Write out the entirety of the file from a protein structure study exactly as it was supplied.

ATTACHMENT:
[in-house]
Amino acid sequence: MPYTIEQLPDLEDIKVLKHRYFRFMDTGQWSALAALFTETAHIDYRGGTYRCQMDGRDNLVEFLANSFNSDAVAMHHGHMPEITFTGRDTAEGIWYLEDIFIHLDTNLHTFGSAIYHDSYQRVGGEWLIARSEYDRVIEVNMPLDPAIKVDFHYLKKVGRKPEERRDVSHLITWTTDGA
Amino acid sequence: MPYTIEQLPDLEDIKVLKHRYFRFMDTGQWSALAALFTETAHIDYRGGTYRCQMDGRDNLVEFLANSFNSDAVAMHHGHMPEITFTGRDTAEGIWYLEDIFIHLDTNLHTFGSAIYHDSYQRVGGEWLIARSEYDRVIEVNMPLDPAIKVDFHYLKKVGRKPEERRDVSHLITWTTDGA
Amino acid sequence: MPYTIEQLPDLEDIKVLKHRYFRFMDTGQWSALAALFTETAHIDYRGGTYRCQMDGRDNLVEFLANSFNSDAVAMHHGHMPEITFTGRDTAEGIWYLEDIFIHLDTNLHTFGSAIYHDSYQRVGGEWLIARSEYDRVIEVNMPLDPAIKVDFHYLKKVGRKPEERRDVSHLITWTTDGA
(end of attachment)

[in-house]
Amino acid sequence: MPYTIEQLPDLEDIKVLKHRYFRFMDTGQWSALAALFTETAHIDYRGGTYRCQMDGRDNLVEFLANSFNSDAVAMHHGHMPEITFTGRDTAEGIWYLEDIFIHLDTNLHTFGSAIYHDSYQRVGGEWLIARSEYDRVIEVNMPLDPAIKVDFHYLKKVGRKPEERRDVSHLITWTTDGA
Amino acid sequence: MPYTIEQLPDLEDIKVLKHRYFRFMDTGQWSALAALFTETAHIDYRGGTYRCQMDGRDNLVEFLANSFNSDAVAMHHGHMPEITFTGRDTAEGIWYLEDIFIHLDTNLHTFGSAIYHDSYQRVGGEWLIARSEYDRVIEVNMPLDPAIKVDFHYLKKVGRKPEERRDVSHLITWTTDGA
Amino acid sequence: MPYTIEQLPDLEDIKVLKHRYFRFMDTGQWSALAALFTETAHIDYRGGTYRCQMDGRDNLVEFLANSFNSDAVAMHHGHMPEITFTGRDTAEGIWYLEDIFIHLDTNLHTFGSAIYHDSYQRVGGEWLIARSEYDRVIEVNMPLDPAIKVDFHYLKKVGRKPEERRDVSHLITWTTDGA